If you’ve ever wondered how much your collection is worth, then a baseball card appraisal service might be the answer for you.
And, although they take on various forms, these types of services all give you the opportunity to have your collection evaluated — in some fashion — by a hobby expert (or experts) and give you a better idea both of what you have AND the cards’ values.
So, how do appraisal services work?
Well, though again they vary in exact form, card appraisals tend to feature the following steps:
- Intake, or card submission
- Card identification
- Card grading
- Card valuation
With these basic components in mind, here are a few of the different types of appraisals that are available in the market today:
Several large dealers offer free online appraisals, which typically start off with you answering some questions through a form on their website and then may progress to phone conversations and likely photo submissions
From there, the dealer will evaluate your cards for condition and develop an estimate of their market value. This is often followed up with an offer to buy your cards, which will of course be below that established market value since the dealers need to turn a profit.
This opportunity to purchase cards from customers is the “payment” in these cases.
Many brick-and-mortar dealers offer the same sort of service, as do some who set up at shows or conventions. In those cases, you’d take your cards to the dealer for physical inspection, and they’d carry out their inspections.
Paid appraisals work much like free appraisals, except you pay upfront for the service rather than just maybe selling your cards to the appraiser (though that’s still an option in many cases).
Paid appraisals tend to lean more toward physical, in-person evaluation of your cards and may even involve shipping them to the appraiser.
A step up from paid appraisals, premium appraisals often involve some form of authentication for the work done and may offer various forms of guarantee.
As the name implies, premium appraisals cost more than free or “mere” paid appraisals, but they get you access to industry experts and can help you move forward with a selling decision with more confidence about the value of your cards.
Best Baseball Card Appraisal Services
OK, now that we know some of the basics about card appraisals and the various types available, let’s check out some of the best appraisal services available:
Just Collect bills itself as “the nation’s top buyer of vintage sports,” and you can bet they generate plenty of leads from their online card appraisal submission form.
Their process is free, but as the tagline implies, Just Collect is only really interested in pre-1980 material, though they do offer some valuable information about newer issues.
All Vintage Cards
Similar to Just Collect, All Vintage Cards lets you begin the appraisal process online, and they also provide several tools to help you catalog your collection so they can get a better idea of what you have.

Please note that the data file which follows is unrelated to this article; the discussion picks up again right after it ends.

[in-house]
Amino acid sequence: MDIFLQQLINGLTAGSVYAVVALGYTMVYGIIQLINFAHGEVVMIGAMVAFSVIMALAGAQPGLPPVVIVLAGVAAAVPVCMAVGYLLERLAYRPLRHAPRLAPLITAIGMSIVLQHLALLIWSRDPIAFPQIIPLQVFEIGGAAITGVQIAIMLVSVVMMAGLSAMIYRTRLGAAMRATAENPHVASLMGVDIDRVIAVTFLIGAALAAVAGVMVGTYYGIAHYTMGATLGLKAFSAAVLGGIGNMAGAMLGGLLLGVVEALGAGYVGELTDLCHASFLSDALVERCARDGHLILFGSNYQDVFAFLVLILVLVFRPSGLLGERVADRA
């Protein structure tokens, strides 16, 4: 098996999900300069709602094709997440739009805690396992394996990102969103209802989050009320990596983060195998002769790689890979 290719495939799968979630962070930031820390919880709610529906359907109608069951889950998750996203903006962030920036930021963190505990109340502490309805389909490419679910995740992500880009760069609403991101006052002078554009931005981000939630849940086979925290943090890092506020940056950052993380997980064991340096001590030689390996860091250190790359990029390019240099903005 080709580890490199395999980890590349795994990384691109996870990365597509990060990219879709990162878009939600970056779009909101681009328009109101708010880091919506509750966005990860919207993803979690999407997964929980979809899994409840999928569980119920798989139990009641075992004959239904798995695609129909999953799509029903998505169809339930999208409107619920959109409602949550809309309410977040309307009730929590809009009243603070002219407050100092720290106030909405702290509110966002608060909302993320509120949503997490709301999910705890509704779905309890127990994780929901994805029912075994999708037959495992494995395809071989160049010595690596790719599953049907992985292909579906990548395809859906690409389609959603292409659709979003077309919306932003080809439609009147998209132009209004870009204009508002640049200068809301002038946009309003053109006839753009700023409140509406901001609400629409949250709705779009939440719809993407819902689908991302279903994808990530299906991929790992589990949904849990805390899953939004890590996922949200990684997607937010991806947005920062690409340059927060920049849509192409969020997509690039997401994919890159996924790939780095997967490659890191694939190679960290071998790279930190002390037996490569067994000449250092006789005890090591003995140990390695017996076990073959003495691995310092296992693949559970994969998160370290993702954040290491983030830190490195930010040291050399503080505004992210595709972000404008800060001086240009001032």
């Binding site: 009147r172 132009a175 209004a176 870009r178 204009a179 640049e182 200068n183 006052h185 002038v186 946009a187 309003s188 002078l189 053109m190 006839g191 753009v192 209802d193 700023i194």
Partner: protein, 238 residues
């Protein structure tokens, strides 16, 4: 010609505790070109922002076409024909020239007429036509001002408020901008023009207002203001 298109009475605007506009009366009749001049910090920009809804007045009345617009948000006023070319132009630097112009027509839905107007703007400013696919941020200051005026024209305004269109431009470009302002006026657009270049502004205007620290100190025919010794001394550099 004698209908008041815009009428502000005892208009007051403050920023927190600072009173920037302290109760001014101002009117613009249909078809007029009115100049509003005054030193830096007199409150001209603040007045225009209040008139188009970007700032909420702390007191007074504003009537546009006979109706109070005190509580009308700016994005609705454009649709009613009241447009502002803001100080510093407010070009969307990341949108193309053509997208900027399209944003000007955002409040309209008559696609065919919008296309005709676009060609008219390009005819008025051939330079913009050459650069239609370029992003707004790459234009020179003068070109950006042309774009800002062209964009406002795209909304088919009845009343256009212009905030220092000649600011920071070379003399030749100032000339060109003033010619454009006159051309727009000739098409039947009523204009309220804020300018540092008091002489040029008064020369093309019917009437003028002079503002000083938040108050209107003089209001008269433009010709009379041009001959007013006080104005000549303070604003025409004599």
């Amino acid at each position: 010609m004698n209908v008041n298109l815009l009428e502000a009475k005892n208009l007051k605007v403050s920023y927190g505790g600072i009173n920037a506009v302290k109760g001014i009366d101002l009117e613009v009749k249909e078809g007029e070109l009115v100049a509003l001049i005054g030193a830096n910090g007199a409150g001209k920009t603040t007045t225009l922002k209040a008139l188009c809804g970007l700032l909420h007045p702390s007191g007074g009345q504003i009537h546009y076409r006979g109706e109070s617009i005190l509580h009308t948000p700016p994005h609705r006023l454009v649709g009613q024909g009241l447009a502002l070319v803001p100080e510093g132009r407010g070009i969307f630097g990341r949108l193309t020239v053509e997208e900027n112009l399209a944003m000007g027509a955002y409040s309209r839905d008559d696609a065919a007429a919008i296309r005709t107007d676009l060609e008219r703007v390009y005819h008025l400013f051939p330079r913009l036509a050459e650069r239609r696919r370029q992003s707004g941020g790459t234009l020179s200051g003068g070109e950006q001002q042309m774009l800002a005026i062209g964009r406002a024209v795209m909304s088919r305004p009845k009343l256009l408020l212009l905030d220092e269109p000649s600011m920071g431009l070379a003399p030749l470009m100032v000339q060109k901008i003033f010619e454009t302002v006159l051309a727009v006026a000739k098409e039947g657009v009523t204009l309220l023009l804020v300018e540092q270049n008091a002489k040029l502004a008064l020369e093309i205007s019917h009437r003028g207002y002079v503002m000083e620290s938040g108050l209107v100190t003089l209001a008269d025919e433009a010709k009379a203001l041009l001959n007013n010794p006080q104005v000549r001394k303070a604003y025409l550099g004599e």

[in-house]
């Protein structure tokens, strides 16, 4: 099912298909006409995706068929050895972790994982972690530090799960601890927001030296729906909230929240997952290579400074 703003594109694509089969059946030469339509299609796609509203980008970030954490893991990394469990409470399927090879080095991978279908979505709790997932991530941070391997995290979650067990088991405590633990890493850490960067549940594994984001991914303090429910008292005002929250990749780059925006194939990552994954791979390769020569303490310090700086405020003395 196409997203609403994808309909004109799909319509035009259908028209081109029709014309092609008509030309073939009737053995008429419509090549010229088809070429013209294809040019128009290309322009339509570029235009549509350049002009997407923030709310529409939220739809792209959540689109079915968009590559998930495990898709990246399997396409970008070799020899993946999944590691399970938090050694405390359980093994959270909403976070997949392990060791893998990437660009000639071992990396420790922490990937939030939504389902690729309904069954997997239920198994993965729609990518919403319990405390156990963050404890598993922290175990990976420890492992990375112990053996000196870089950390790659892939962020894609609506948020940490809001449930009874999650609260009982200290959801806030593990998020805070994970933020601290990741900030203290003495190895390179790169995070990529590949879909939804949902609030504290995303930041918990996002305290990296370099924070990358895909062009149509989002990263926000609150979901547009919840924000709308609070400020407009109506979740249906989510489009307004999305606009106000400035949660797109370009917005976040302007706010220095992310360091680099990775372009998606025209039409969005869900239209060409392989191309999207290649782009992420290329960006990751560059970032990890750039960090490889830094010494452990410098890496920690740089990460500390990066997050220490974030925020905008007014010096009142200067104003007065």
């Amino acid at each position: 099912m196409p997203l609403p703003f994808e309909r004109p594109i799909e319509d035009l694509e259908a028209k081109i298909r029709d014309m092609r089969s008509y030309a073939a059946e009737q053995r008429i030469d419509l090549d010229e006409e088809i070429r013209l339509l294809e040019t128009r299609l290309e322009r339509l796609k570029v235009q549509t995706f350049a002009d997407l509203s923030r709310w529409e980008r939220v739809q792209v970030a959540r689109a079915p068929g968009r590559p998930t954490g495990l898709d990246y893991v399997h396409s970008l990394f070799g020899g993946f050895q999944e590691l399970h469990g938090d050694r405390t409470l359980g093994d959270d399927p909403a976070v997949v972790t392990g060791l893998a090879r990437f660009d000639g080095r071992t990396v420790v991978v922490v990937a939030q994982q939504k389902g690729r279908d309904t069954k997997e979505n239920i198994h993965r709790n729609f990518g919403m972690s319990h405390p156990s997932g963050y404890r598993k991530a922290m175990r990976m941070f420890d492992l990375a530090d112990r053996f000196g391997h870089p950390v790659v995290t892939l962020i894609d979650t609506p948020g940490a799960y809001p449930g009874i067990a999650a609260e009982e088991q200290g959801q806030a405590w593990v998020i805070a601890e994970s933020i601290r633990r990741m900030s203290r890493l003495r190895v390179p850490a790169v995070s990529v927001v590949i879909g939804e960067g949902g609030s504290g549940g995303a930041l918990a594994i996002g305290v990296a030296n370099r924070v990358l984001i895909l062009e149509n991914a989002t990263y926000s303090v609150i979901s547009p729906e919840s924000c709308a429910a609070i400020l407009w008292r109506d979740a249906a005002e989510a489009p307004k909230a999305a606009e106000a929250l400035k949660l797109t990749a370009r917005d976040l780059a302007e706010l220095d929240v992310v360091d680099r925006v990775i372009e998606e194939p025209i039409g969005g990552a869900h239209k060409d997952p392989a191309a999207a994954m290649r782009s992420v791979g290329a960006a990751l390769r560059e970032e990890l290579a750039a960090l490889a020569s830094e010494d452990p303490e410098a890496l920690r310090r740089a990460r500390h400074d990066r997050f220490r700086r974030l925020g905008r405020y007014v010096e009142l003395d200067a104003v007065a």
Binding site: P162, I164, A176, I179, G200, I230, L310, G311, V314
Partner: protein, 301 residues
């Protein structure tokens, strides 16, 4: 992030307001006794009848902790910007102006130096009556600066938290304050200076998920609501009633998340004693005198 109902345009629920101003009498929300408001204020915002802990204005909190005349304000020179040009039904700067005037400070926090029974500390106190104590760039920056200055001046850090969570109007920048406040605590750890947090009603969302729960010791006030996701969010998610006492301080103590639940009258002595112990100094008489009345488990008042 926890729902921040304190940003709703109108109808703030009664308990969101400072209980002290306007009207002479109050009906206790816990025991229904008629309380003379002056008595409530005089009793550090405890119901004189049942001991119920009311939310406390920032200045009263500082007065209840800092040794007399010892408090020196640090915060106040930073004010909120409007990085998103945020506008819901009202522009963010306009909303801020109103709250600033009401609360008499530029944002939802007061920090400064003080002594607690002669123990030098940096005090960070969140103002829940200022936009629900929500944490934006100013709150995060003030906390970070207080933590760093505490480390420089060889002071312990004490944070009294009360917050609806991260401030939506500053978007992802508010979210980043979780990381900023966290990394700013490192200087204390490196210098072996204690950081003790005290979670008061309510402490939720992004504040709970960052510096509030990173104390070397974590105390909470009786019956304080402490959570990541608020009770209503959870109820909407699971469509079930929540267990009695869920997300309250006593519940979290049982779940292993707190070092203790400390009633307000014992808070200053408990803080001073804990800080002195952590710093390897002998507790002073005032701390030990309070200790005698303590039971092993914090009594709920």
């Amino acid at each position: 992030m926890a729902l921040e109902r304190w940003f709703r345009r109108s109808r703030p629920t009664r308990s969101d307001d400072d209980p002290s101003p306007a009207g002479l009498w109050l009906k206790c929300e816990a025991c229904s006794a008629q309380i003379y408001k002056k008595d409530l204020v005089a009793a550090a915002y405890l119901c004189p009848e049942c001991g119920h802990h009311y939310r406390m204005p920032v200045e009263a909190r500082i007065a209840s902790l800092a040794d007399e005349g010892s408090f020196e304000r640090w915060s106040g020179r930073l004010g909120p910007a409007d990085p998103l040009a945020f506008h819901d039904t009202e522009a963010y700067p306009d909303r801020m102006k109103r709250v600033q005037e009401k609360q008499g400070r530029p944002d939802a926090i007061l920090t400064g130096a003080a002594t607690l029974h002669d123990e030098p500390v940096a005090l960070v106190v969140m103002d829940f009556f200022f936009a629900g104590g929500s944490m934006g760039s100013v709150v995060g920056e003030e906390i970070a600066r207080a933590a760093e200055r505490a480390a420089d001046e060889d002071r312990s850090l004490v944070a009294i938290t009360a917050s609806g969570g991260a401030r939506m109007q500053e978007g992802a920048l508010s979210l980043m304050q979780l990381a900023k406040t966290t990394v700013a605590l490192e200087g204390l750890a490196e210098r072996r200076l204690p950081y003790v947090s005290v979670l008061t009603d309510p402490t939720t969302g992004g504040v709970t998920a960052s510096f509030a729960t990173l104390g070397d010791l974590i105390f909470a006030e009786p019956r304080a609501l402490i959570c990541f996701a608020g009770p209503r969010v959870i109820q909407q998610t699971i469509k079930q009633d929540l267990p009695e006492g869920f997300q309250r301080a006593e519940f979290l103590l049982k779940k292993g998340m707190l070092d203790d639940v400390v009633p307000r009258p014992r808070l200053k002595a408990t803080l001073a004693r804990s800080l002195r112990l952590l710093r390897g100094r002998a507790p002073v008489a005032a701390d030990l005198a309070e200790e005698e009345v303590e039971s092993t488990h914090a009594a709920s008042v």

All Vintage Cards buys cards, too, also with a leaning toward vintage pieces (no surprise given the name, huh?).
Heritage is one of the most well-known and respected auction houses in the hobby, and they regular run out a lineup of some of the most amazing memorabilia and cards you’ll ever seen.
Heritage also offers a free online appraisal service, but with one key difference from the entries above — Heritage only appraises items with an eye toward including them in future auction slates.
You can check out the Heritage intake form here.
This dealer has had a strong online presence for more than 20 years, and during that time, they’ve bought millions of cards from collectors all over the United States (probably the world!).
And, while BaseballCardBuyer.com will develop a price quote as a prelude to purchasing your collection, they also offer straight out appraisals for helping to establish values for the purpose of insuring your goodies.
Check out their quote page here.
Dean’s is another longtime hobby heavyweight, one of the biggest buyers and sellers in the country.
And, like others on this list, Dean’s offers a free baseball card appraisal as a first step toward potentially purchasing your colllection.
You can find more information about Dean’s process, and their appraisal form, here.
Wait — isn’t PSA a grading and authentication company?
Why, yes they are! Probably the best-known and most respected in the hobby, at that.
But PSA also offers a robust card appraisal service that is among the standard-bearers among fine arts and collectibles valuators of all sorts.
Make no mistake, though — this is a paid service, and the cost is compounded by the fact that PSA will only appraise items that they have authenticated, making grading/authentication the first step toward any appraisal.
The payoff is a fully researched appraisal that comes with a complete report of PSA’s findings and is perfect for insurance purposes.
Get started with PSA Appraisals here.
There are, of course, other baseball card appraisal services available to fit any budget, from NO budget to big bucks. And you can find one that will fit your needs, whether that means doing everything online, walking into a store, selling your cards, or ponying up for insurance.
So, while the services above aren’t the only game in town, they are viable options when you need a baseball card appraisal, and thy give you a good idea of what’s possible.